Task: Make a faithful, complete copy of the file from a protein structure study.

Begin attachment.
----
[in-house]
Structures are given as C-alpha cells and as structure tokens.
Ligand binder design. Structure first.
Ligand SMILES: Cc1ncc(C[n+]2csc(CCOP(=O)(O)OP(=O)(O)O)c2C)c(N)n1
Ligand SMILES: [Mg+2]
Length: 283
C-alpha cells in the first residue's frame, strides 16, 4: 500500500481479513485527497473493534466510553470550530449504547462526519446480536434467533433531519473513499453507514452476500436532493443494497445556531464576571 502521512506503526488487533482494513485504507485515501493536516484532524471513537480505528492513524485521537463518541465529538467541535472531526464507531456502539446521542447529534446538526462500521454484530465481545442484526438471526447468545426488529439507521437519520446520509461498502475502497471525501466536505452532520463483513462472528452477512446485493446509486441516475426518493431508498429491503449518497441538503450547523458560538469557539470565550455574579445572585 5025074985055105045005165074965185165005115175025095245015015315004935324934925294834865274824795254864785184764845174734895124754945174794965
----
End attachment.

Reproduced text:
[in-house]
Structures are given as C-alpha cells and as structure tokens.
Ligand binder design. Structure first.
Ligand SMILES: Cc1ncc(C[n+]2csc(CCOP(=O)(O)OP(=O)(O)O)c2C)c(N)n1
Ligand SMILES: [Mg+2]
Length: 283
C-alpha cells in the first residue's frame, strides 16, 4: 500500500481479513485527497473493534466510553470550530449504547462526519446480536434467533433531519473513499453507514452476500436532493443494497445556531464576571 502521512506503526488487533482494513485504507485515501493536516484532524471513537480505528492513524485521537463518541465529538467541535472531526464507531456502539446521542447529534446538526462500521454484530465481545442484526438471526447468545426488529439507521437519520446520509461498502475502497471525501466536505452532520463483513462472528452477512446485493446509486441516475426518493431508498429491503449518497441538503450547523458560538469557539470565550455574579445572585 5025074985055105045005165074965185165005115175025095245015015315004935324934925294834865274824795254864785184764845174734895124754945174794965